The chief executive of French giant EDF Energy has accused an MP of "jingoism" for claiming that subsidies for nuclear will see UK consumers pay an annuity to the French state for decades to come. Vincent de Rivaz also insisted EDF would not ask consumers to bear the construction risk for its planned nuclear plant at Hinkley Point in Somerset. Mr de Rivaz denied that the CfD price would be anywhere near £140 per megawatt hour – more than double the current market price – but declined to give any other price cap. MPs also raised concerns over who would bear the risk for overruns in the plant’s construction. Mr de Rivaz said EDF was "not asking the consumers to take the construction risks" and was not "in the business to twist the arm of the UK Government".

Telegraph 23rd Oct 2012 more >>

The boss of EDF Energy has rejected a claim that nuclear power companies have a "perverse incentive" to exaggerate the cost of building new reactors so that they can charge more for selling electricty. Vincent de Rivaz was speaking yesterday at a hearing with MPs to discuss whether Britain’s nuclear energy policy was "in meltdown" after the sale of a new site generated less interest than expected. EDF is the furthest along in building a new nuclear plant in Britain – at Hinkley Point, Somerset – and is negotiating with the Government over how much it will be allowed to charge for the electricity it produces. Christopher Pincher, a Tory MP on the Energy Select Committee, said that Mr de Rivaz had a "perverse incentive" to exaggerate the cost of the reactors, although he stopped short of accusing EDF of doing so. A higher cost estimate would strengthen EDF’s case to charge more to recover its investment.

Times 24th Oct 2012 more >>

Electricite de France SA rejected criticism that its one-to-one talks with the U.K. over the deal it’ll get to build nuclear plants in the country means officials setting rates in a “smoke-filled room” without open scrutiny.

Bloomberg 23rd Oct 2012 more >>

Live-blog from the energy and climate change committee’s evidence sessionon Nuclear – kicking off with EDF, not in any way negotiating in public with the government over price.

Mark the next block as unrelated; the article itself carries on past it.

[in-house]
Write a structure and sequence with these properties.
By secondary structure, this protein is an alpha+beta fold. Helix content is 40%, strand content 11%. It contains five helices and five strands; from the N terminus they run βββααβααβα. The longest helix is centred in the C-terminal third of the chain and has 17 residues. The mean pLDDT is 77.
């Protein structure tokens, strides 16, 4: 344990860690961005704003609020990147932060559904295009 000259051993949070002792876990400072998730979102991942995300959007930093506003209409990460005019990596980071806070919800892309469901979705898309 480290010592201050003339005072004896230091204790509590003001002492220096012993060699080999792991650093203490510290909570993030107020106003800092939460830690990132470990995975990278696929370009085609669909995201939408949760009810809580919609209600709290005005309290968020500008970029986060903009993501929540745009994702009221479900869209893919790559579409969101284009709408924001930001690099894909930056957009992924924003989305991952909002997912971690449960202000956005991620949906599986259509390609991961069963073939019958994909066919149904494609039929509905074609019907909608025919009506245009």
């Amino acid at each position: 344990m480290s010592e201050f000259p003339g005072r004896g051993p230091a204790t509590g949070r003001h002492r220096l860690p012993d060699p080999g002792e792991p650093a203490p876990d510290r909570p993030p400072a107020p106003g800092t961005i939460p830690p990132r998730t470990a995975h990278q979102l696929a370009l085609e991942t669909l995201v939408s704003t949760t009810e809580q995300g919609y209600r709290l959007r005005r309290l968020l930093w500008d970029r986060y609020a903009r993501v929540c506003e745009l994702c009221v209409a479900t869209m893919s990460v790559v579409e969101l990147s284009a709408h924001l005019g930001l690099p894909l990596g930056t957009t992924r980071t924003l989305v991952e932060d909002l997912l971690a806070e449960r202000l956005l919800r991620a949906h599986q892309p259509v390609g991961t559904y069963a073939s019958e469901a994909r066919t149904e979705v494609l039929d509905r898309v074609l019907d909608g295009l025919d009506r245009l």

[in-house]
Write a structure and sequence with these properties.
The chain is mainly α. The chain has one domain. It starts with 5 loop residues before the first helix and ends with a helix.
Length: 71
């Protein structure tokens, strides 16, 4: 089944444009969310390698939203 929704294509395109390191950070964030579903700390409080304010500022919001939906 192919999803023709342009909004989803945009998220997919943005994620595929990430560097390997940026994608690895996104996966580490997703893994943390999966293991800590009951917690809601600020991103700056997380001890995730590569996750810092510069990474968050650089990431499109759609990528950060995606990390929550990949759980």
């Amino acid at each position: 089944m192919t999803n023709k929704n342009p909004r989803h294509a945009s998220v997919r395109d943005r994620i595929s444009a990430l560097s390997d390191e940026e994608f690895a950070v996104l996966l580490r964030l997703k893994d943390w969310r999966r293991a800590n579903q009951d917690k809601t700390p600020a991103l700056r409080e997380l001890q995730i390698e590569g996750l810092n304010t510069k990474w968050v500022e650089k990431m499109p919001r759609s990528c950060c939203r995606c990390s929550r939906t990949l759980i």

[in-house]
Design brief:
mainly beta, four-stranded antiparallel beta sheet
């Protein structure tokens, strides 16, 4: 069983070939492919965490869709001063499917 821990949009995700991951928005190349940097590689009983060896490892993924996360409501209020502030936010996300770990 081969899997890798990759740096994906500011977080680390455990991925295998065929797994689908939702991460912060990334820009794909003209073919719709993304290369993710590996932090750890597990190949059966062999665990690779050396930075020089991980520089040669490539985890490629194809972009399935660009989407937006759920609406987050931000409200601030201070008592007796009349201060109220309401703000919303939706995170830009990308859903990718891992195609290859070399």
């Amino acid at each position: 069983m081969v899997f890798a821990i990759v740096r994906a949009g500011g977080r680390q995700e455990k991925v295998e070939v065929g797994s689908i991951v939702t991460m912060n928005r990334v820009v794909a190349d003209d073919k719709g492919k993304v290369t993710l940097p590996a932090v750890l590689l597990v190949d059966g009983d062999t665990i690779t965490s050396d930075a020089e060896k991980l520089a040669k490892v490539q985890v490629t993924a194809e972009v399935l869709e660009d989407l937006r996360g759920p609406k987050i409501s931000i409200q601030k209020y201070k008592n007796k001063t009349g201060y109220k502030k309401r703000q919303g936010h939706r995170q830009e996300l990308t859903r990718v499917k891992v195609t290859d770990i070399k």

Energy Desk 23rd Oct 2012 more >>

The Energy and Climate Change Committee will hold the third public evidence session on ‘Building New Nuclear’ at 9.30 am on Tuesday 23 October, in the Grimond Room, Portcullis House.

Parliament 23rd Oct 2012 more >>

Nuclear Subsidies

A group of leading energy academics yesterday claimed the Government is considering going back on its pledge never to subsidise nuclear power. Any policy change would effectively mean taxpayers’ money being given to French energy giant EDF to help it build a new reactor at Hinkley Point in Somerset. It would also boost the chances of a new nuclear power station at Oldbury in Gloucestershire.

Western Daily Press 23rd Oct 2012 more >>

ACE 23rd Oct 2012 more >>

As the government reportedly offers ever larger subsidies to the nuclear industry in a last-ditch attempt to get new reactors built, an editorial in the Independent on Sunday challenged opponents of the current pro-nuclear scenario to articulate our alternatives. It’s the right question to ask, because the 16GW of new nuclear that Ministers still insist are going to be built by 2025 is now looking extremely optimistic. Thankfully, this conversation has been happening for some time. The evidence suggests there are any number of different ways we could meet our energy needs and decarbonise electricity at minimal cost to households and businesses. The exact percentages, terrawatthours and gigawatts vary from study to study, but here are four policies which the government should address to fix the hole in its energy plans.

Energy Desk 22nd Oct 2012 more >>

Greenpeace 22nd Oct 2012 more >>


EDF Energy’s chief executive has insisted Hinkley Point C is “shovel-ready”, but CN has learned that main construction work at the site could be delayed until the middle of 2013. A source close to the project told CN that they had been told to expect main construction by the middle of 2013, but that further delays beyond that were not envisioned. EDF Energy is yet to make its final investment decision on the multi-billion pound nuclear project. Energy secretary Ed Davey also has to make a decision whether to grant consent for the development. He is due to receive the planning inspectorate’s report by 21 December at the latest and will have three months to choose whether to grant consent.